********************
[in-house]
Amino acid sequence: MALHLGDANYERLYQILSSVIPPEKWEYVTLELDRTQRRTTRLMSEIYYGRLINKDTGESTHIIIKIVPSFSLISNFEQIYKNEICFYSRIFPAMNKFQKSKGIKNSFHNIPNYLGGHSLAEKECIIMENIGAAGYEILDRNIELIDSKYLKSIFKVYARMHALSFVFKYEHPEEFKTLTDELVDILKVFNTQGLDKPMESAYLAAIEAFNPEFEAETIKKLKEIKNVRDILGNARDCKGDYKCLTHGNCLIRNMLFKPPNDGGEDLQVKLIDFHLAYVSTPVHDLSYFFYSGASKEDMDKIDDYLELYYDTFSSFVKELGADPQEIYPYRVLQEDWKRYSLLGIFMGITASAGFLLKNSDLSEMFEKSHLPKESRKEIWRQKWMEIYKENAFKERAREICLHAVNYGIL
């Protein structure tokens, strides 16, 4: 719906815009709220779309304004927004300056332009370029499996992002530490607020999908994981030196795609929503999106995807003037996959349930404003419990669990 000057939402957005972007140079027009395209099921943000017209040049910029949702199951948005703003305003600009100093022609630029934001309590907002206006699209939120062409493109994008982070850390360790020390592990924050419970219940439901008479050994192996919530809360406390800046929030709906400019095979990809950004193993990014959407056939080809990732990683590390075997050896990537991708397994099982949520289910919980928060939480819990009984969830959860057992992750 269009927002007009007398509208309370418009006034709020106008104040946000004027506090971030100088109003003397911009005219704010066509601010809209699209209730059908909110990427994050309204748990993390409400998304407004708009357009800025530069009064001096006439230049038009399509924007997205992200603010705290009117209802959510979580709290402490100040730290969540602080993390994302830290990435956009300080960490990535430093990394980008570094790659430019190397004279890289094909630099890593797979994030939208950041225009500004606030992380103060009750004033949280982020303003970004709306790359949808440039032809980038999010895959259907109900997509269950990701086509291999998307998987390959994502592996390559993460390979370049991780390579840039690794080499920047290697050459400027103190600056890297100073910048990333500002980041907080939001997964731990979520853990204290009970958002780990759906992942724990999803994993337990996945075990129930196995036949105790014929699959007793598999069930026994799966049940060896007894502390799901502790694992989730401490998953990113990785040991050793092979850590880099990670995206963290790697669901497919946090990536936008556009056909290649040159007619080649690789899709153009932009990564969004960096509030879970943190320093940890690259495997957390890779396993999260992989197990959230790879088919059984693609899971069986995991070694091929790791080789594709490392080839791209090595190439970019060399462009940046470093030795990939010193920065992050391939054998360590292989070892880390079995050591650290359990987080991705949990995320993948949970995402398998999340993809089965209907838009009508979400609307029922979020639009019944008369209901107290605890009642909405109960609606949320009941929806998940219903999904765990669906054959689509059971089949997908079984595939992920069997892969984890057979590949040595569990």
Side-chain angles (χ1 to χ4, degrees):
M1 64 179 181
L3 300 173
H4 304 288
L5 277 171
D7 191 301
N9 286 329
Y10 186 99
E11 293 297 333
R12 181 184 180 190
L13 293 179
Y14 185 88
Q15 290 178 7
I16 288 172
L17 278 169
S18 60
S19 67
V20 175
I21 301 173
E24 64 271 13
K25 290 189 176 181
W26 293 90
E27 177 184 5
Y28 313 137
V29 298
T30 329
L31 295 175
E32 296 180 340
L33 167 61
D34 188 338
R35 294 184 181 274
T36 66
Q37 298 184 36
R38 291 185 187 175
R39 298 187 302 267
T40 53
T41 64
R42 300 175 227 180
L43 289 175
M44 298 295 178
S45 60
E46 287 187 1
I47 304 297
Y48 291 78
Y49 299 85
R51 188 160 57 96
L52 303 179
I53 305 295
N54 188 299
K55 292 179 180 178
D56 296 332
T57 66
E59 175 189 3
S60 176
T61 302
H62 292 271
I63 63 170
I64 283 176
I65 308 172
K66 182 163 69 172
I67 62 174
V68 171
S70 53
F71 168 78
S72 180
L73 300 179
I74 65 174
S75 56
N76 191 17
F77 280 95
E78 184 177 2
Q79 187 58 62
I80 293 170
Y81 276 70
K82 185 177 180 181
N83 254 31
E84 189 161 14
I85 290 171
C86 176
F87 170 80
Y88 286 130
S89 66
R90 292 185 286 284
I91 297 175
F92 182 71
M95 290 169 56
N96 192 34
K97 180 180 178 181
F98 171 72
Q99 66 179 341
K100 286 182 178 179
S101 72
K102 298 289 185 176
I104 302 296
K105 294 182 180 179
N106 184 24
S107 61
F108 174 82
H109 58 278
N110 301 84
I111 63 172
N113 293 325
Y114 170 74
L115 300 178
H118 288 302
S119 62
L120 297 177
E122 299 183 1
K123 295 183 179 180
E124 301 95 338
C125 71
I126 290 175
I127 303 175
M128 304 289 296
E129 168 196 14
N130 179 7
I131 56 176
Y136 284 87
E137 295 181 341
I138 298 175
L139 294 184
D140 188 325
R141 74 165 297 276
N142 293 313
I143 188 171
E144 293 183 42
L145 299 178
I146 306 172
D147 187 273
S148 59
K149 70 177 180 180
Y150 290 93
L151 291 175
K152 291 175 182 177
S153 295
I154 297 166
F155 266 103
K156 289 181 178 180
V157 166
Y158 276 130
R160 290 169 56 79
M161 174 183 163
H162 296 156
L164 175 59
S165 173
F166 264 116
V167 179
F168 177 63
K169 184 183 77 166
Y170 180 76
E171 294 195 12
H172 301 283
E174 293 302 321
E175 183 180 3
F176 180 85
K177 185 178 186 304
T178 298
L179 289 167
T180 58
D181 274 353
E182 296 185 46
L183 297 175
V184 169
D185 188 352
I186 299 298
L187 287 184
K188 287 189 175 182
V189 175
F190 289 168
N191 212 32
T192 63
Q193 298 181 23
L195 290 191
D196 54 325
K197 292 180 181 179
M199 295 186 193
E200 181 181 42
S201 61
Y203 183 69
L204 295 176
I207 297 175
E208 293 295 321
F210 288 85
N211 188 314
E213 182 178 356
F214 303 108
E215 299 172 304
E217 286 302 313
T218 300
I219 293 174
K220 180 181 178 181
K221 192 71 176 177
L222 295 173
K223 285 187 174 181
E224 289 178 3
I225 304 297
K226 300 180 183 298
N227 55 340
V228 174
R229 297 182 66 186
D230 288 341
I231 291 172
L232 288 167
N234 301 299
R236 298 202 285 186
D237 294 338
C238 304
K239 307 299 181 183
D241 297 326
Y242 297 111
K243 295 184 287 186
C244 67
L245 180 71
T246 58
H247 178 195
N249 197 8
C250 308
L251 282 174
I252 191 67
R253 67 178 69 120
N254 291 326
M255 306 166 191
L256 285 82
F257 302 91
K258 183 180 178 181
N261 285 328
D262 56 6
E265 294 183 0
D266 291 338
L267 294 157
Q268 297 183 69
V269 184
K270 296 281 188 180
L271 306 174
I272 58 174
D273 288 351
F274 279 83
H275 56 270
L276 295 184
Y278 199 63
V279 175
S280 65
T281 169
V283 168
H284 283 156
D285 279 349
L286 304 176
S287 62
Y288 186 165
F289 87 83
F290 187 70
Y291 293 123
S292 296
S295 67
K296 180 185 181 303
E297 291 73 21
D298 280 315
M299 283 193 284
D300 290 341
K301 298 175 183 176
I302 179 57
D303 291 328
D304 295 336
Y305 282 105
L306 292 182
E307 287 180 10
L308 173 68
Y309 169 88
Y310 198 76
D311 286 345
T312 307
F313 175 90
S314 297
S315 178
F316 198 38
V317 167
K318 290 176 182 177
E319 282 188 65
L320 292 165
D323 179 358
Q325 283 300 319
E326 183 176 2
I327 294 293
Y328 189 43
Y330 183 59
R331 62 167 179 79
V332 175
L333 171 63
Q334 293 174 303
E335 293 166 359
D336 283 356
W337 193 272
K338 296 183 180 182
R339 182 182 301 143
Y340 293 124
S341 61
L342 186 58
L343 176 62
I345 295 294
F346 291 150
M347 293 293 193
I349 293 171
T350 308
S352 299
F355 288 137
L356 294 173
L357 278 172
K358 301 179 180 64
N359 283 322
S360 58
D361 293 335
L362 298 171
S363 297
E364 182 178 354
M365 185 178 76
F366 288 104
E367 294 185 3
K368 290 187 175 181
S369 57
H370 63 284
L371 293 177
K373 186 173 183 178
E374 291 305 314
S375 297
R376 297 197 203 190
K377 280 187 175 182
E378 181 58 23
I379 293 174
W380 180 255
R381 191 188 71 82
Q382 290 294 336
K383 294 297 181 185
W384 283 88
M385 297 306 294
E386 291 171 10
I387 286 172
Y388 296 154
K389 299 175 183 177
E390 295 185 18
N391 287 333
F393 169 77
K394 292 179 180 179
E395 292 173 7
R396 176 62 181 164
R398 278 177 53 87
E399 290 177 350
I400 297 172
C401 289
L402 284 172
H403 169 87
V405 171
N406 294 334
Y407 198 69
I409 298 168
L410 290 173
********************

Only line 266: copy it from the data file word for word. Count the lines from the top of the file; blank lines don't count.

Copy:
D304 295 336